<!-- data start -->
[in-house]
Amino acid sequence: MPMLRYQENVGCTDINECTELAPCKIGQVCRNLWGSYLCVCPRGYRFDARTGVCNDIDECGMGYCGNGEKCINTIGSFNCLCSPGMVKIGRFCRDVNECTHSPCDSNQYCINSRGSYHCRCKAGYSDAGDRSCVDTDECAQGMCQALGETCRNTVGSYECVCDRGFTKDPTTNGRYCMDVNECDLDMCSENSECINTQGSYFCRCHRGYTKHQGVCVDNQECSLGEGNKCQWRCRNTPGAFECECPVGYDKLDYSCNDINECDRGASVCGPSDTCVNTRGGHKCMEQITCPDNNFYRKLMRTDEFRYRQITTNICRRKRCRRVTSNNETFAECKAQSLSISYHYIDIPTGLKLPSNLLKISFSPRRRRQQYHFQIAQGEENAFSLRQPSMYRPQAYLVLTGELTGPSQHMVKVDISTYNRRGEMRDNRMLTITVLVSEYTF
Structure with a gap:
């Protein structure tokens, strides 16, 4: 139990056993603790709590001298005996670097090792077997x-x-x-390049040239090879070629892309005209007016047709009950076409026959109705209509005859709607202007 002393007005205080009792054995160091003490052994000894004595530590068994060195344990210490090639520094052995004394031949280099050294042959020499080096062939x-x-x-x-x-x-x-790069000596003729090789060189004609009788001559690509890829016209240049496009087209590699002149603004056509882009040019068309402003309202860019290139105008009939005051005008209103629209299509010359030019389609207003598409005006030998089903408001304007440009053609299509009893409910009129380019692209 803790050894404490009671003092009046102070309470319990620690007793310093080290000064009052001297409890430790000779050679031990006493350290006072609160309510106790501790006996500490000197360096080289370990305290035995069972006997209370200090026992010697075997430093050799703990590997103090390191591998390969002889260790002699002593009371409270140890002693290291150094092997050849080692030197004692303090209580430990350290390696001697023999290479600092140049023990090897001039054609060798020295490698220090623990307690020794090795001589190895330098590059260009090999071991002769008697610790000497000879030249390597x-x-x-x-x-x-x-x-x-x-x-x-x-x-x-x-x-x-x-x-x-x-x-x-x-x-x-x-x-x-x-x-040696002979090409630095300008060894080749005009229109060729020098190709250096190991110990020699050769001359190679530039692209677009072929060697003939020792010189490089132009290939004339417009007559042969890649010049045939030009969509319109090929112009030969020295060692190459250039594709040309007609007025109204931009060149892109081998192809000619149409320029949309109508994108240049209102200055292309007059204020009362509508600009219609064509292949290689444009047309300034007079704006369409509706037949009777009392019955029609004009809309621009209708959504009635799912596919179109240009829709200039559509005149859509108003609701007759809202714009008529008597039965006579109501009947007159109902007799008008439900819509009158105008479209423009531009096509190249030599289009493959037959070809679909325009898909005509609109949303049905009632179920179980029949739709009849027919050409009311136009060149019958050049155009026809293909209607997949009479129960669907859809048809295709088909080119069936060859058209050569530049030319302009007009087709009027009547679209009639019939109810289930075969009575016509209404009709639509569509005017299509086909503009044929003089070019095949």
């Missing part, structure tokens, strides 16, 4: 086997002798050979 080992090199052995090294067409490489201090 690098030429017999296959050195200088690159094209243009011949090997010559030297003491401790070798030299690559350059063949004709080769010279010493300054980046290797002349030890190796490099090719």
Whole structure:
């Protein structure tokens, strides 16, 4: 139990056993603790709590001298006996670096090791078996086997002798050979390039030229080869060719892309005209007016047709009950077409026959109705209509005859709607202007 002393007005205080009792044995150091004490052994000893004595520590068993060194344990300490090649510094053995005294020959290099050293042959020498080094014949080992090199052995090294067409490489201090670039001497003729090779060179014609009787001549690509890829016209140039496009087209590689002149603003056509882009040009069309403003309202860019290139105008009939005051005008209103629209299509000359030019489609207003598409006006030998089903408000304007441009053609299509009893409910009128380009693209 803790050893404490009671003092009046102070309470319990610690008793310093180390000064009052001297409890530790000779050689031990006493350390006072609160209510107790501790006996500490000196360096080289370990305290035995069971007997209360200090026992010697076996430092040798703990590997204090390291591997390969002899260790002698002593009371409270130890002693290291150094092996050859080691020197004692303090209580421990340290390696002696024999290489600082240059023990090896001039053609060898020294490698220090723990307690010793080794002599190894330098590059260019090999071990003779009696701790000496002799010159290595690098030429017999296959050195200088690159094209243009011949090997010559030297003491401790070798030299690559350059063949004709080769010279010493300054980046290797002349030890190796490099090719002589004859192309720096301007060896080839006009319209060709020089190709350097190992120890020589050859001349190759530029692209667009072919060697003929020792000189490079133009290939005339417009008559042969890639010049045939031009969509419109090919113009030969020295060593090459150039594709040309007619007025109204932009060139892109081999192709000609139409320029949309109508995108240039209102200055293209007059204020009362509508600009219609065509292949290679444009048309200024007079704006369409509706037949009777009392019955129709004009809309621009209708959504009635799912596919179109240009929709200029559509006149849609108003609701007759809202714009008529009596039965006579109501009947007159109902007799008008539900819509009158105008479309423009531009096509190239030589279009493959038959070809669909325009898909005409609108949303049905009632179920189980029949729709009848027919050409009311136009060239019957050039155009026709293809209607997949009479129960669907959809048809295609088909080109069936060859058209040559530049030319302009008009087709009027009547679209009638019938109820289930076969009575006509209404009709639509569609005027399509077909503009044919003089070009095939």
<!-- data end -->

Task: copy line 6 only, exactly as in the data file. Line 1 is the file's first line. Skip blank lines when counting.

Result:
Whole structure: